Review Summary: The soundtrack to a kid's movie is surprisingly calming and fun. However, it's cheesy lyrics and messages draw back from the replay value. Everything on the album can be garnered in one listen.
Curious George may be the quintessential children’s character. Co-author Margret Rey described his appeal perfectly, saying "George can do what kids can't do. He can paint a room from the inside. He can hang from a kite in the sky. He can let the animals out of their pens on the farm. He can do all these naughty things that kids would like to do." Despite George’s knack for getting away with all kinds of devious trickery, he teaches children how to question and how to express themselves, all while conveyed in a fun, enjoyable way. The illustrations and writing styles of H.A. and Margret Rey make Curious George a timeless character. Universal Pictures decided to make a movie about the loveable character many years since the first Curious George publication. The studio chose Jack Johnson, one of the simplest and most enjoyable artists of the time, to create a fun soundtrack for the undoubtedly kid’s movie.
Jack Johnson makes the perfect artist for the Curious George soundtrack. He plays calm and simple acoustic guitar music and possesses a simple, calming voice. He keeps everything light and simple. The music on this album is really nothing to marvel over, the whole point is to create a catchy song with a good message for children. It is simply the sonic equivalent of the ideals of Curious George- simple, fun, and conveys a message. Most of the songs feature a simple guitar riff and a typical drum beat. However, The Sharing Song
steps out into a bluesy area with a harmonica and simplified Ray Charles piano. The Sharing Song
is simply what the title says. It makes a sing-a-long chorus and makes the song fun with handclaps and harmonica soloing. Every song on the album falls at a mid-tempo level, in an attempt to not bore the child and not go too fast that they can’t sing along. Even the song Lullaby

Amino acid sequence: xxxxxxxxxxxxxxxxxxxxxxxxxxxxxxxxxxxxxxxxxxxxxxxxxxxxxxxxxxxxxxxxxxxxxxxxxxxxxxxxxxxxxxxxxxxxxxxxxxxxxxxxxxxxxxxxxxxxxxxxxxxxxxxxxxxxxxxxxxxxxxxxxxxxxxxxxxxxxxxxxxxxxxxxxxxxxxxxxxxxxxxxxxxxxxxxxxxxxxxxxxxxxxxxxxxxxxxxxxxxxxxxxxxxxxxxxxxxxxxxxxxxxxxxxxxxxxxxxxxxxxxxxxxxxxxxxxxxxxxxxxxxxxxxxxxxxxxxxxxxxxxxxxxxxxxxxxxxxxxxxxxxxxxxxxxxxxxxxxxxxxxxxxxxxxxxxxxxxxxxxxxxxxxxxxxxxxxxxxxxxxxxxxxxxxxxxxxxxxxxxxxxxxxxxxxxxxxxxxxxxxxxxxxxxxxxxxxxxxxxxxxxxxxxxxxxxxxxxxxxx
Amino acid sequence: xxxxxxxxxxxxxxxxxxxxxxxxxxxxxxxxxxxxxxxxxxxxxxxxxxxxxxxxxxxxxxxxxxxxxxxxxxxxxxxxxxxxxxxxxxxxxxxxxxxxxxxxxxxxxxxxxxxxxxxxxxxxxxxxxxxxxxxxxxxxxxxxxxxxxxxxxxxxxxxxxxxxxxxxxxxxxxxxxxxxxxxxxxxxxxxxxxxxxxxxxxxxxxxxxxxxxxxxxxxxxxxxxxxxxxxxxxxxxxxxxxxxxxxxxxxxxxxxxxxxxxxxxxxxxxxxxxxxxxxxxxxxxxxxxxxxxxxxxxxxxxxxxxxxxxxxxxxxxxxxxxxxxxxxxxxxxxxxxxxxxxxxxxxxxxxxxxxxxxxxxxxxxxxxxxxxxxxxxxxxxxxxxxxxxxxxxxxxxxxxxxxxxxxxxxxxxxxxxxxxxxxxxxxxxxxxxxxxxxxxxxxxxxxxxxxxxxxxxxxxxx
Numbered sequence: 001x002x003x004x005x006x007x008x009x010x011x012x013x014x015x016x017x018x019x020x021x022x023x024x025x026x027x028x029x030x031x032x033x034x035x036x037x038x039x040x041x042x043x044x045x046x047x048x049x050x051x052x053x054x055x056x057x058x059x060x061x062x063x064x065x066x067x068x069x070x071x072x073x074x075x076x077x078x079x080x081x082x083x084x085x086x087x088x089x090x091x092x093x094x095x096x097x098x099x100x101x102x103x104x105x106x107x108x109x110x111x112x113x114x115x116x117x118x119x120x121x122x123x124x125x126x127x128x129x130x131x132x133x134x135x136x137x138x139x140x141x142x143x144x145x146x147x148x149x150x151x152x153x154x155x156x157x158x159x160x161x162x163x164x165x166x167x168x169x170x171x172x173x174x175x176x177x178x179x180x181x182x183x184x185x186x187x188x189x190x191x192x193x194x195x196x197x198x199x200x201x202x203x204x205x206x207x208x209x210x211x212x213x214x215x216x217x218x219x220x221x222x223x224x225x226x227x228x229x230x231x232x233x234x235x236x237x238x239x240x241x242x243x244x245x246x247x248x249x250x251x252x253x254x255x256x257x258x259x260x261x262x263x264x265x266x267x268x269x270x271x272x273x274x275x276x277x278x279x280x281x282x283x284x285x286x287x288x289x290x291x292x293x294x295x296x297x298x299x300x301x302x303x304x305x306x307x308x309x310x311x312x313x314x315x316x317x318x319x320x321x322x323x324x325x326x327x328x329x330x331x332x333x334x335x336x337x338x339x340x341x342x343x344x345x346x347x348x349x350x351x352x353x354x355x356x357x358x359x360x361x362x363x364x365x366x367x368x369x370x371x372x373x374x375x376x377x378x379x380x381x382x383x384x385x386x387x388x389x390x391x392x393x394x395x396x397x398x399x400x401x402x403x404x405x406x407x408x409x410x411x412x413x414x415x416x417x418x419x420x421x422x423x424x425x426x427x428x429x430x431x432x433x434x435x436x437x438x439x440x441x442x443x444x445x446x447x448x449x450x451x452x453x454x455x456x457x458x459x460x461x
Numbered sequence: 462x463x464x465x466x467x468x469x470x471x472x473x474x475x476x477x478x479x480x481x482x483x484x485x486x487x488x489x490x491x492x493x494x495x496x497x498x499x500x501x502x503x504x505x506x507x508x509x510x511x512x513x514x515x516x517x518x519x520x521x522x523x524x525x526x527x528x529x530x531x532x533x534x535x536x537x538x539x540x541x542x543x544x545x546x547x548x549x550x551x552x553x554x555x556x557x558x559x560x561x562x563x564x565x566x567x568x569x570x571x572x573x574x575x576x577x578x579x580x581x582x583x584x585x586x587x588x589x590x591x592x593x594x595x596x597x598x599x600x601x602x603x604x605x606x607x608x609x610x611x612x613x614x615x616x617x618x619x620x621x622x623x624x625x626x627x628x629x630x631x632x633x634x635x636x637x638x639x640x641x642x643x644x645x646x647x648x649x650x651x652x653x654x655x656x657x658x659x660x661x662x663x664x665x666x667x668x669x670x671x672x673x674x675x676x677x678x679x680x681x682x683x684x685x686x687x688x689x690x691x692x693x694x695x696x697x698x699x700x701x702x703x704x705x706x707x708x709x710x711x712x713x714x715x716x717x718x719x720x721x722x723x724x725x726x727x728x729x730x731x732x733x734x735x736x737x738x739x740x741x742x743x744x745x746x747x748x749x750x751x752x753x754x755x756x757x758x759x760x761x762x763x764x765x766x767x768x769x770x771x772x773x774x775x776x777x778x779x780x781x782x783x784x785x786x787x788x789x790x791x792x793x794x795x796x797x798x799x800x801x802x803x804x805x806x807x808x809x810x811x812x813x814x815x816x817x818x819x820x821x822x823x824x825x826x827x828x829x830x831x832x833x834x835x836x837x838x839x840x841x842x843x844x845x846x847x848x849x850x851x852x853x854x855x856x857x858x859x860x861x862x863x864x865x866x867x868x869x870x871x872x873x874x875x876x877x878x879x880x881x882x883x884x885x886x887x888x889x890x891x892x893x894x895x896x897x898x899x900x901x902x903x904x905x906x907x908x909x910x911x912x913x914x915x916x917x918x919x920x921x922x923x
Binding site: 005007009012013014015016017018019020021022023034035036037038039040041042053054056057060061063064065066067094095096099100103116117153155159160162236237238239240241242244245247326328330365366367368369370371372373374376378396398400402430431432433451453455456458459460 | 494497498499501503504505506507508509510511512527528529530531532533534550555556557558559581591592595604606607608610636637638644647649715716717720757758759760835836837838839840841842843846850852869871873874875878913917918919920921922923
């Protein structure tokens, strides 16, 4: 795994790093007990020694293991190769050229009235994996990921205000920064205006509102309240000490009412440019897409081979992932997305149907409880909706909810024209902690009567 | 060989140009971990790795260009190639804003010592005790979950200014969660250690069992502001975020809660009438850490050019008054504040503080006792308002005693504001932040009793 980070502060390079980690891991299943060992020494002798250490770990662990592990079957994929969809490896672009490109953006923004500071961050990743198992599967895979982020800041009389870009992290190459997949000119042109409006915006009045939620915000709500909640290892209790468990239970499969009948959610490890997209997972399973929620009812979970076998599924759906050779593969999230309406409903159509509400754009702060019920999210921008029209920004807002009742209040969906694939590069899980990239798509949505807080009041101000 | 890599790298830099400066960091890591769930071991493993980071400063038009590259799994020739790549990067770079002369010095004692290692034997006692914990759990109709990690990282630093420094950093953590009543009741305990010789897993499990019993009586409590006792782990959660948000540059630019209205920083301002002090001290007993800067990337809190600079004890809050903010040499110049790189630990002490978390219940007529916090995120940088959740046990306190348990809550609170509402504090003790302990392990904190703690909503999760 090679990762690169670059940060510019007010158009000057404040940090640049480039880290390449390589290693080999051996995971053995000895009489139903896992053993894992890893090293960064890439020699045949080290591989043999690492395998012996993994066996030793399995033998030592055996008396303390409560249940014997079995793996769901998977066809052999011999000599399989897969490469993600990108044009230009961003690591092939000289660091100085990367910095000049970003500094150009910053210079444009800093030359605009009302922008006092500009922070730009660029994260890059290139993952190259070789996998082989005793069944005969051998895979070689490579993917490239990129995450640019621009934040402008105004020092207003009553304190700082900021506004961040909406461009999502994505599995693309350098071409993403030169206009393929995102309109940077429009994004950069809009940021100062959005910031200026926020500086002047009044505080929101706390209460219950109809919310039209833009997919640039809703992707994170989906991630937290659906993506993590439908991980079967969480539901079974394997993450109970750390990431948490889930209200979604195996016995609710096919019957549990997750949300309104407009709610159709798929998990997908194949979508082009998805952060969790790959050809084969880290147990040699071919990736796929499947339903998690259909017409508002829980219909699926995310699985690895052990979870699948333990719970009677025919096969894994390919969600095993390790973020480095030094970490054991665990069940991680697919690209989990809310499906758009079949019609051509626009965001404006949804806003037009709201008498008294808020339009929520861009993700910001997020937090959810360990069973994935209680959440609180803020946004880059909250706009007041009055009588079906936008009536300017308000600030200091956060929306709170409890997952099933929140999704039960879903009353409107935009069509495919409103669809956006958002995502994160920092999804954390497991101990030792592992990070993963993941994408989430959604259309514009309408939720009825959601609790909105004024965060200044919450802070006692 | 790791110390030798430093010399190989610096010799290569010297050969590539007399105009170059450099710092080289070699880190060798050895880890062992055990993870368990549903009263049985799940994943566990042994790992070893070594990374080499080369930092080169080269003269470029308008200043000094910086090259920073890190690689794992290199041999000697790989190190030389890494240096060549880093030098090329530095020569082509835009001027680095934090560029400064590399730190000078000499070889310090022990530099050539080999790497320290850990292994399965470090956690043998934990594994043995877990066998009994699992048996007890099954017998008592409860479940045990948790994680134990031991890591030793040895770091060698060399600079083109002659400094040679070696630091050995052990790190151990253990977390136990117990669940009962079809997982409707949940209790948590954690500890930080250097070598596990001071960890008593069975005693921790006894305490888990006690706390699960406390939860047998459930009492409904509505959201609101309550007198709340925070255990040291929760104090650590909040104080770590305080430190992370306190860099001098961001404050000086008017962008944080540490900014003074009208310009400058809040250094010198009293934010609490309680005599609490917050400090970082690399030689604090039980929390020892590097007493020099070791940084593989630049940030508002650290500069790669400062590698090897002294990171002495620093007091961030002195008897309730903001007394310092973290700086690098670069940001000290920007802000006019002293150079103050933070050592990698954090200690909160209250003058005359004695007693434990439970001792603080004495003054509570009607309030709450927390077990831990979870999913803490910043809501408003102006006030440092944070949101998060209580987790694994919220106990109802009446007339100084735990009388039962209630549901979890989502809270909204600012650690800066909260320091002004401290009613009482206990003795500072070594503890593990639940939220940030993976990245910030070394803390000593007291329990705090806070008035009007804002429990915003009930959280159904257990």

stays at the typical tempo. Jack Johnson’s calm, hushed voice makes the calming feeling about the song. The instrumental interplay creates a simple melody-countermelody structure.
Despite Jack Johnson’s musicianship, the sole purpose of the album is to be a soundtrack for a children’s movie, and The Three R’s
is the perfect representation of that. It starts with a catchy drumbeat, and slowly more riffs add into the mix. The lyrics are purely childish and perfect for the soundtrack. The song speaks of the three R’s- reduce, reuse, and recycle. The song goes through the times tables of the threes and all kinds of other hidden lessons in a perfect sing-a-long style. A group of kids join in on the fun, accenting certain places in the lyrics. The album closes with a remix of the song, put in a much more hip-hop style. It really just puts a different drum beat and melodic riff into the song and changes nothing else. The remix sounds pretty much like a 90s kids show theme song.
So the Curious George soundtrack is fun and really a kid’s album. That is both a plus and a major flaw. Since the lyrics, messages, and music are all so simple, anybody above the age of 5 will understand and notice everything in this album on a first listen. The guitar riffs vary from a calm, folk style to a bluesy, somewhat aggressive style. The drum beats, quite simply, don’t vary. All the other instruments, which range from a fairy-like xylophone to that aforementioned harmonica, simply add to the somewhat cheesy feel the song attempts to convey. However, in a state of ignorance, the Curious George soundtrack can serve as a calming listen. One needs to ignore the lyrics of the album, but that is easily accomplished through immersing one’s self into some sort of work. Jack Johnson simply did what he needed to do- make a simple, fun, and catchy album for kids.
Talk of the Town
The Sharing Song